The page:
February 16th is the feast day of a somewhat obscure Saint, which is odd as he figures prominently in a Letter of St. Paul.
In St. Paul’s Letter to Philemon, the Apostle reveals that Onesimus, a slave of Philemon who escaped, possibly with stolen property of his master’s, has been with him for some time and has been of valuable service. Onesimus has also been baptized and as such is now a brother in Christ to Paul and Philemon, as the latter is also a Christian. However Paul is convinced that due to the Christian charity that Philemon has shown in the past, he will take back Onesimus and greet him as a brother, equal in dignity and will not punish Onesimus or re-enslave him.
And so Onesimus is sent back to Philemon by Paul, with this Letter as a sort of greeting and passage.
I’ve always been intrigued by this. Imagine you’re Onesimus. You’ve been a slave. There must have been a reason why you escaped. Was Philemon cruel? Or did you just have an instinctive aversion to being considered property of another? You just saw an opportunity to leave and took it? Anyway, the punishment for escaped slaves was most likely death. Probably painful and not quick if you’re also guilty of theft. And now your new friend, whom you’ve been serving and who has treated you like an equal, a person, is sending you back to your old master. With full confidence that Philemon’s Christianity is all that is standing between you and a painful termination.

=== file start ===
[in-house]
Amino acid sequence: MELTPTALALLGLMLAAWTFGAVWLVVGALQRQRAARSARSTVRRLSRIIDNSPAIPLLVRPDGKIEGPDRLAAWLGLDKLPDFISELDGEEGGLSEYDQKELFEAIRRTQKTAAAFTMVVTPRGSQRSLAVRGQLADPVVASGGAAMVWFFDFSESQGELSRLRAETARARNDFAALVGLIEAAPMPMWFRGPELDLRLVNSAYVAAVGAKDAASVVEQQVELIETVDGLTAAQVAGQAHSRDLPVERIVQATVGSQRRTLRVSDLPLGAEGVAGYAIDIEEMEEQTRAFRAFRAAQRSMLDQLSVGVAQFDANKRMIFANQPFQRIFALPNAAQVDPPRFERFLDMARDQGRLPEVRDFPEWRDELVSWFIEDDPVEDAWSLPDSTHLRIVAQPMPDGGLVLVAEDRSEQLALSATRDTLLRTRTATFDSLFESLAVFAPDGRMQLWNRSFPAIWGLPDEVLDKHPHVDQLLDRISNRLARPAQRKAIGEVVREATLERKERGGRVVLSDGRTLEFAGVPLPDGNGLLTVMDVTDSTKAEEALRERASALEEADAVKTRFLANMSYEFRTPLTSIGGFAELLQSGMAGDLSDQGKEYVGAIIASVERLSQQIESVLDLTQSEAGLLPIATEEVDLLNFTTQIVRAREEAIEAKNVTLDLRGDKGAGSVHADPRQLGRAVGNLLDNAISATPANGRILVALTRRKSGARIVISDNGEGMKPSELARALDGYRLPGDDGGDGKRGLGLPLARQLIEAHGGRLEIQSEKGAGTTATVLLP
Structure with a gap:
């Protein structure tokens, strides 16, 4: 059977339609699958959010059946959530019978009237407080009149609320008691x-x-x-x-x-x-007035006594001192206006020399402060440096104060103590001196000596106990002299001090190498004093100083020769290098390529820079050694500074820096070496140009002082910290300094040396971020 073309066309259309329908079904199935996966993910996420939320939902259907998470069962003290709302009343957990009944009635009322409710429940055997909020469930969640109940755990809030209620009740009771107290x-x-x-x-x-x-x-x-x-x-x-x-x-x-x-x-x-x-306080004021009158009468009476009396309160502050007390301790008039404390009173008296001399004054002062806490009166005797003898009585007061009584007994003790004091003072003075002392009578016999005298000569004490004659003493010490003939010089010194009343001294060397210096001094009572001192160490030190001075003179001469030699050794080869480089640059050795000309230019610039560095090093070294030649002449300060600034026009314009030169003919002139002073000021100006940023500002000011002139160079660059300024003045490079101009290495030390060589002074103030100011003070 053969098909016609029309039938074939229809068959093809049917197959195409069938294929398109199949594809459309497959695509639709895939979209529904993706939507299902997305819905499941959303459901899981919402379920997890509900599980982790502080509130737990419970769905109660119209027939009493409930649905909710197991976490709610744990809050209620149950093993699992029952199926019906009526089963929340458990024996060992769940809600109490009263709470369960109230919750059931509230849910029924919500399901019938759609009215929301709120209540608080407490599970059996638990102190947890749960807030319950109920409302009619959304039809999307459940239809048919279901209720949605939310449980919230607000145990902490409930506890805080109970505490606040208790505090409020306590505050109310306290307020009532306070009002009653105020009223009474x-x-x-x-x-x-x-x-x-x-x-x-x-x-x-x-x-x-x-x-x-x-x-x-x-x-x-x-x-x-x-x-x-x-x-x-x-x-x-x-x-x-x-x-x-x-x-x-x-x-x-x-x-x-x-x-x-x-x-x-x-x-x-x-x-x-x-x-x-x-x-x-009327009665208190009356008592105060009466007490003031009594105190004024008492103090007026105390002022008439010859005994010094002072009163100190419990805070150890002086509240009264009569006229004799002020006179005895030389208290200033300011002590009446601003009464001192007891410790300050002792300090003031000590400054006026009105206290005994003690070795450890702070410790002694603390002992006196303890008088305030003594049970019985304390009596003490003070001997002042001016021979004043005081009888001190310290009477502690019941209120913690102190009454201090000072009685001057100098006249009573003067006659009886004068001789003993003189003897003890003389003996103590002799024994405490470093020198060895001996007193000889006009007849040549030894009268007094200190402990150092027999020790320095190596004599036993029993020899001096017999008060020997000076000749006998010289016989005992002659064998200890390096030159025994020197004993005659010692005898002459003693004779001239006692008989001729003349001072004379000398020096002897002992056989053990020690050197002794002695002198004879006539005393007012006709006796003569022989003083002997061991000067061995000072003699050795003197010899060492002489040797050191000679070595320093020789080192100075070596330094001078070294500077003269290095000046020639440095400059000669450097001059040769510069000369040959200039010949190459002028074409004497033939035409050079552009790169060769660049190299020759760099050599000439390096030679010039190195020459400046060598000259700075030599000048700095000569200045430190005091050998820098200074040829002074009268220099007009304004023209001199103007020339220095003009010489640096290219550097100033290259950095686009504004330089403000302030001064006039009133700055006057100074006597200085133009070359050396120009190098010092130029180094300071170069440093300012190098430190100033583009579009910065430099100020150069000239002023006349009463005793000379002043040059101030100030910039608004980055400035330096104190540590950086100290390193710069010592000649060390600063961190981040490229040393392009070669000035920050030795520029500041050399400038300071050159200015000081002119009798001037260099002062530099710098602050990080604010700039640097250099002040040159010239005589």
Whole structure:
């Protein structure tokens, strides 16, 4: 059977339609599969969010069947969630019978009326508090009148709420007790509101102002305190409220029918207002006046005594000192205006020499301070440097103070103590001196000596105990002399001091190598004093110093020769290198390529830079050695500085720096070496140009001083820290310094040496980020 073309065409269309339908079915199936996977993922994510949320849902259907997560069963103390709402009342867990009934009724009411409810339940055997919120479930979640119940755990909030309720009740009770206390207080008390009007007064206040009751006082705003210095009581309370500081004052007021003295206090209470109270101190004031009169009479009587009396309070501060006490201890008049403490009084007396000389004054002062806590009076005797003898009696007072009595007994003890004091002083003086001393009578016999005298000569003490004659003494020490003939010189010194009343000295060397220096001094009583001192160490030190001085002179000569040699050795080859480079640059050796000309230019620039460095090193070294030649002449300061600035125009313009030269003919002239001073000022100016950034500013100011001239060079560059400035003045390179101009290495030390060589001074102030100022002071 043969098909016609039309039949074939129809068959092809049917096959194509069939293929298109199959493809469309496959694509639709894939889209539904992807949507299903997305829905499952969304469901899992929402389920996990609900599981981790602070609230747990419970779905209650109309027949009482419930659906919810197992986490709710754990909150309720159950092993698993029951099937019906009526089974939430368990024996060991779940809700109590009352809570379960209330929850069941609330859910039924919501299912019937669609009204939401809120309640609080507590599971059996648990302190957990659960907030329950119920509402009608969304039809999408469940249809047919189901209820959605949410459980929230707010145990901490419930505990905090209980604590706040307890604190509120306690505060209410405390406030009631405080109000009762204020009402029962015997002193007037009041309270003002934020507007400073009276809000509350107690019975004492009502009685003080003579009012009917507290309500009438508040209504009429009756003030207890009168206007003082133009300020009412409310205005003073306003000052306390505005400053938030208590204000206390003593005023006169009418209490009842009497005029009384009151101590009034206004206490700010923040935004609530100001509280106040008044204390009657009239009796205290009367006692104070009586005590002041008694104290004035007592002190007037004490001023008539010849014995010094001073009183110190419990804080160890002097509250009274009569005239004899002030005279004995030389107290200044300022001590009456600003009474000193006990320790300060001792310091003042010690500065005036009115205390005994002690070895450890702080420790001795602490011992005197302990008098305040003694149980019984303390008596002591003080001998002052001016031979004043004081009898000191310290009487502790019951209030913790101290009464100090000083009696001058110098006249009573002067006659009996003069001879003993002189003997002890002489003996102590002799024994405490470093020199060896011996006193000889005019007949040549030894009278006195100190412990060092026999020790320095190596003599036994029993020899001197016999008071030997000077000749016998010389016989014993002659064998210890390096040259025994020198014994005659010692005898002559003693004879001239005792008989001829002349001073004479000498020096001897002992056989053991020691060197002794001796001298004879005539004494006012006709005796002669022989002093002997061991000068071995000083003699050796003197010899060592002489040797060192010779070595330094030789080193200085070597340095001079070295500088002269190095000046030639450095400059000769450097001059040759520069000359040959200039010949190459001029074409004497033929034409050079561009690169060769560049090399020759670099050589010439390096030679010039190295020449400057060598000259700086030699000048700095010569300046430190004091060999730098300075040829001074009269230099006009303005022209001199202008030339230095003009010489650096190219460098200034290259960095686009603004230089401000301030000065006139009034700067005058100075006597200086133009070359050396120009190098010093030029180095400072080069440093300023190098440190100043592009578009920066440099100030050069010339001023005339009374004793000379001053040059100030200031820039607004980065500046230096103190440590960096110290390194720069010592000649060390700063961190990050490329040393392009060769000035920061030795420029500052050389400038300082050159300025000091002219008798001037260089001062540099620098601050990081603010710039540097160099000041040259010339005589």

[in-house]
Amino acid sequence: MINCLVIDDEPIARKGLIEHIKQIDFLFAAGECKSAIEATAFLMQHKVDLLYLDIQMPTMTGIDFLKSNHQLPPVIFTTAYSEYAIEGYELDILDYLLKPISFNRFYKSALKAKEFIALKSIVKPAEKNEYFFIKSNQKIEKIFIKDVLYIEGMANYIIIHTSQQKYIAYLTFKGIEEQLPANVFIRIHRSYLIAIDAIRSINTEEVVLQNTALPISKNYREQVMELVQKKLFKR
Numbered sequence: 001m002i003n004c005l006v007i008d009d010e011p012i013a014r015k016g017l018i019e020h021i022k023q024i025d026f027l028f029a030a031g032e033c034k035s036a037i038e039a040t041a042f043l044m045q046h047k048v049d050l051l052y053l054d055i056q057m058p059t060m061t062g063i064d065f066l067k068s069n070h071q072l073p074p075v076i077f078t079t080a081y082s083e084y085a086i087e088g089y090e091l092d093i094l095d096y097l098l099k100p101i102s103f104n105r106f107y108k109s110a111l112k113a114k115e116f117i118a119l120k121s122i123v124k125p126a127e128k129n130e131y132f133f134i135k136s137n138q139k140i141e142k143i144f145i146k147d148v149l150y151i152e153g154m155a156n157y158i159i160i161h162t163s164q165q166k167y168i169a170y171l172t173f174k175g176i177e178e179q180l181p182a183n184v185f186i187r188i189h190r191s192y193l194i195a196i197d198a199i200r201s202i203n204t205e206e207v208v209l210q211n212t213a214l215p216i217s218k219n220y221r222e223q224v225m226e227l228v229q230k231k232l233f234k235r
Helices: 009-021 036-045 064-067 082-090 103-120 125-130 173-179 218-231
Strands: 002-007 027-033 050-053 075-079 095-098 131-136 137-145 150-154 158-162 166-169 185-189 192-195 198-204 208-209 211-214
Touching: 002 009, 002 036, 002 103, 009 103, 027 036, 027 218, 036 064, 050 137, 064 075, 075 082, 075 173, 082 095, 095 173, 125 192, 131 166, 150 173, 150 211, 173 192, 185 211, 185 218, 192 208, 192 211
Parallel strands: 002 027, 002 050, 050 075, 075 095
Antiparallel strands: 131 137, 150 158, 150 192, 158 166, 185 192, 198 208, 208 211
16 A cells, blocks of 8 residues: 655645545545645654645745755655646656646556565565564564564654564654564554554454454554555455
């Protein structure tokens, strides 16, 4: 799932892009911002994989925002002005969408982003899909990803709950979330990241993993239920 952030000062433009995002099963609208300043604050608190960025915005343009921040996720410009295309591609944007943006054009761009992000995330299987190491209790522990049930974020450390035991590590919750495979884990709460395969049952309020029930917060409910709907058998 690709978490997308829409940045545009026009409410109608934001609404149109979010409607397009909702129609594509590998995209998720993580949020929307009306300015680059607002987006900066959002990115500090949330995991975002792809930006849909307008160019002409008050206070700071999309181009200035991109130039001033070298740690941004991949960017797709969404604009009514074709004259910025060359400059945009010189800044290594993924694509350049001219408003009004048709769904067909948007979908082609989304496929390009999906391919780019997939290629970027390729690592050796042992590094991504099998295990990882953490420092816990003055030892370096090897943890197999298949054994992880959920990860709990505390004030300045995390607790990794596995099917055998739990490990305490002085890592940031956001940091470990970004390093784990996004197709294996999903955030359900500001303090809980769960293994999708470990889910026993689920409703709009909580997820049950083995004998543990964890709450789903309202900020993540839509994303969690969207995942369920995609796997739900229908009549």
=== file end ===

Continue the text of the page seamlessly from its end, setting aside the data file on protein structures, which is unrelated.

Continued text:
Would you want to return?
I didn’t think so. Me neither.
But Onesimus did. He probably did not go willingly, but apparently his faith in the Gospel of Jesus that Paul preached was enough to convince him that it is the right thing to do. So Onesimus’ faith overcame his possible very strong natural lack of inclination to return.
I think for that reason St. Onesimus should be of interest to alcoholics and addicts. Not that he was one, but we all do not want to do the things that we have to. Our addictive personality may make this disinclination stronger in us than in most people. “Normal” people can overcome unwillingness seemingly by just going ahead and doing the thing. But we have to use our spiritual toolkit to convince ourselves to “get going” and do the thing. We have our daily meditations, slogans and other aids to get us to do things that other people just do.
St. Onesimus can be our aid in this. Although I don’t think he is the patron saint of anything, he should be the Patron Saint of People Who Really Do Not Want to Do the Things That They Really Have to Do. ( I have to find a shorter, catchier term. “Patron Saint for People Who need Courage?” Still rather long…)
Read more on Saint Onesimus at SQPN."The Stations of the Cross for Alcoholics"